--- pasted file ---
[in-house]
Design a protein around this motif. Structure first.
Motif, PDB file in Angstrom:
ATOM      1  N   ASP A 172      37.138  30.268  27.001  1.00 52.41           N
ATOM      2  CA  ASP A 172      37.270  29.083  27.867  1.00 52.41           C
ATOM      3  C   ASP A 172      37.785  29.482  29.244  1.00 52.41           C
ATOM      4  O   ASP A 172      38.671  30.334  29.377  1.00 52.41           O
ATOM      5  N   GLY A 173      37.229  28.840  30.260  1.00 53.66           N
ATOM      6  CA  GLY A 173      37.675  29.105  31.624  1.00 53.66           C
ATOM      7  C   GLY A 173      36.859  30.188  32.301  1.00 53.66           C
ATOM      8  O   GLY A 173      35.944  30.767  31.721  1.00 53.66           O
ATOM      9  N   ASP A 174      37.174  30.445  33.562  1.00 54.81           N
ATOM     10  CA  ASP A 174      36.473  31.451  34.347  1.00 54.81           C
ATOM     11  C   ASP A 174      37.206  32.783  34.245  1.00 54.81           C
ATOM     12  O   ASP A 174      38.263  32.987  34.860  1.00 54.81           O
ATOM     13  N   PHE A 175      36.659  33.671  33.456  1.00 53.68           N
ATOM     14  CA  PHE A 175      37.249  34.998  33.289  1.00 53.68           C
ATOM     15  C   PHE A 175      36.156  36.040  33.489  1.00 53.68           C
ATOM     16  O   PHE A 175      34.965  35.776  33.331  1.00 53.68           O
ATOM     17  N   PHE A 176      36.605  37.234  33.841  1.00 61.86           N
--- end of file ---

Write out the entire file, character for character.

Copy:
[in-house]
Design a protein around this motif. Structure first.
Motif, PDB file in Angstrom:
ATOM      1  N   ASP A 172      37.138  30.268  27.001  1.00 52.41           N
ATOM      2  CA  ASP A 172      37.270  29.083  27.867  1.00 52.41           C
ATOM      3  C   ASP A 172      37.785  29.482  29.244  1.00 52.41           C
ATOM      4  O   ASP A 172      38.671  30.334  29.377  1.00 52.41           O
ATOM      5  N   GLY A 173      37.229  28.840  30.260  1.00 53.66           N
ATOM      6  CA  GLY A 173      37.675  29.105  31.624  1.00 53.66           C
ATOM      7  C   GLY A 173      36.859  30.188  32.301  1.00 53.66           C
ATOM      8  O   GLY A 173      35.944  30.767  31.721  1.00 53.66           O
ATOM      9  N   ASP A 174      37.174  30.445  33.562  1.00 54.81           N
ATOM     10  CA  ASP A 174      36.473  31.451  34.347  1.00 54.81           C
ATOM     11  C   ASP A 174      37.206  32.783  34.245  1.00 54.81           C
ATOM     12  O   ASP A 174      38.263  32.987  34.860  1.00 54.81           O
ATOM     13  N   PHE A 175      36.659  33.671  33.456  1.00 53.68           N
ATOM     14  CA  PHE A 175      37.249  34.998  33.289  1.00 53.68           C
ATOM     15  C   PHE A 175      36.156  36.040  33.489  1.00 53.68           C
ATOM     16  O   PHE A 175      34.965  35.776  33.331  1.00 53.68           O
ATOM     17  N   PHE A 176      36.605  37.234  33.841  1.00 61.86           N